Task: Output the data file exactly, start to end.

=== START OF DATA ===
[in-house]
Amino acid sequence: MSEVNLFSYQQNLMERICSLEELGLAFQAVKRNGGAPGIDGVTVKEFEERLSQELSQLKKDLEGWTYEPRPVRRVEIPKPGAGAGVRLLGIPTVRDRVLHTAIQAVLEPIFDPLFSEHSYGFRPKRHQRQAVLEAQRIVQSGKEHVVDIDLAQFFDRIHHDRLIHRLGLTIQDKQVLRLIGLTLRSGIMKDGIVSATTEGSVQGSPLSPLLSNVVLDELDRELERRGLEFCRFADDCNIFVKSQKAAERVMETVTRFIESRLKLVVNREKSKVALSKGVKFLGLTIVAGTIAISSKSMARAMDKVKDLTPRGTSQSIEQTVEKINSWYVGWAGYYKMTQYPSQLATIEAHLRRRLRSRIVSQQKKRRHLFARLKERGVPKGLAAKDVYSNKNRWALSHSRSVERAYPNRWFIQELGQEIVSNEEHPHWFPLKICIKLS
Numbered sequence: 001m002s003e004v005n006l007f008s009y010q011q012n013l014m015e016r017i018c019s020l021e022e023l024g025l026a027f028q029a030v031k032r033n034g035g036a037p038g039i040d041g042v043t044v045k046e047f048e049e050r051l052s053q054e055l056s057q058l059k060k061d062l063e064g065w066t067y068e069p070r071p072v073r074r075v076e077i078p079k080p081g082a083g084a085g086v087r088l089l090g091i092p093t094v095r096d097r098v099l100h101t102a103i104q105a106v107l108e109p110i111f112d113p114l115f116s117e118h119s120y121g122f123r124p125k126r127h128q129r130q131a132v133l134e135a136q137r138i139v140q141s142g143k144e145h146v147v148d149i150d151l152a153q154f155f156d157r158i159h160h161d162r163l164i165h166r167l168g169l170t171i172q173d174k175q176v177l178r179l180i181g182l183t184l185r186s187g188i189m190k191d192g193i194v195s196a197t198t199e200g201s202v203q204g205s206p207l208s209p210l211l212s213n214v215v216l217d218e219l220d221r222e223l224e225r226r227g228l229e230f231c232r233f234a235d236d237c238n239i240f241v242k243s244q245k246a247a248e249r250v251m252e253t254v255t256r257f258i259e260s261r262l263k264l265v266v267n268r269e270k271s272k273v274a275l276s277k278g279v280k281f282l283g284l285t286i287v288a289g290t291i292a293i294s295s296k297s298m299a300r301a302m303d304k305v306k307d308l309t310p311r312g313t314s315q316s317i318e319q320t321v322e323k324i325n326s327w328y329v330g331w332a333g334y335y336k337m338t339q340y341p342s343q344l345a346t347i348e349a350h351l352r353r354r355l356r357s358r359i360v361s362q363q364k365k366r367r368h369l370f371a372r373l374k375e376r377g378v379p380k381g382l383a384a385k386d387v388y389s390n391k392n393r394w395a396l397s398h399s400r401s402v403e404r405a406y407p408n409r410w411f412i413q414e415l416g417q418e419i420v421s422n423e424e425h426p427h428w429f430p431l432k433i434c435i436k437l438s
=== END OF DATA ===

[in-house]
Amino acid sequence: MSEVNLFSYQQNLMERICSLEELGLAFQAVKRNGGAPGIDGVTVKEFEERLSQELSQLKKDLEGWTYEPRPVRRVEIPKPGAGAGVRLLGIPTVRDRVLHTAIQAVLEPIFDPLFSEHSYGFRPKRHQRQAVLEAQRIVQSGKEHVVDIDLAQFFDRIHHDRLIHRLGLTIQDKQVLRLIGLTLRSGIMKDGIVSATTEGSVQGSPLSPLLSNVVLDELDRELERRGLEFCRFADDCNIFVKSQKAAERVMETVTRFIESRLKLVVNREKSKVALSKGVKFLGLTIVAGTIAISSKSMARAMDKVKDLTPRGTSQSIEQTVEKINSWYVGWAGYYKMTQYPSQLATIEAHLRRRLRSRIVSQQKKRRHLFARLKERGVPKGLAAKDVYSNKNRWALSHSRSVERAYPNRWFIQELGQEIVSNEEHPHWFPLKICIKLS
Numbered sequence: 001m002s003e004v005n006l007f008s009y010q011q012n013l014m015e016r017i018c019s020l021e022e023l024g025l026a027f028q029a030v031k032r033n034g035g036a037p038g039i040d041g042v043t044v045k046e047f048e049e050r051l052s053q054e055l056s057q058l059k060k061d062l063e064g065w066t067y068e069p070r071p072v073r074r075v076e077i078p079k080p081g082a083g084a085g086v087r088l089l090g091i092p093t094v095r096d097r098v099l100h101t102a103i104q105a106v107l108e109p110i111f112d113p114l115f116s117e118h119s120y121g122f123r124p125k126r127h128q129r130q131a132v133l134e135a136q137r138i139v140q141s142g143k144e145h146v147v148d149i150d151l152a153q154f155f156d157r158i159h160h161d162r163l164i165h166r167l168g169l170t171i172q173d174k175q176v177l178r179l180i181g182l183t184l185r186s187g188i189m190k191d192g193i194v195s196a197t198t199e200g201s202v203q204g205s206p207l208s209p210l211l212s213n214v215v216l217d218e219l220d221r222e223l224e225r226r227g228l229e230f231c232r233f234a235d236d237c238n239i240f241v242k243s244q245k246a247a248e249r250v251m252e253t254v255t256r257f258i259e260s261r262l263k264l265v266v267n268r269e270k271s272k273v274a275l276s277k278g279v280k281f282l283g284l285t286i287v288a289g290t291i292a293i294s295s296k297s298m299a300r301a302m303d304k305v306k307d308l309t310p311r312g313t314s315q316s317i318e319q320t321v322e323k324i325n326s327w328y329v330g331w332a333g334y335y336k337m338t339q340y341p342s343q344l345a346t347i348e349a350h351l352r353r354r355l356r357s358r359i360v361s362q363q364k365k366r367r368h369l370f371a372r373l374k375e376r377g378v379p380k381g382l383a384a385k386d387v388y389s390n391k392n393r394w395a396l397s398h399s400r401s402v403e404r405a406y407p408n409r410w411f412i413q414e415l416g417q418e419i420v421s422n423e424e425h426p427h428w429f430p431l432k433i434c435i436k437l438s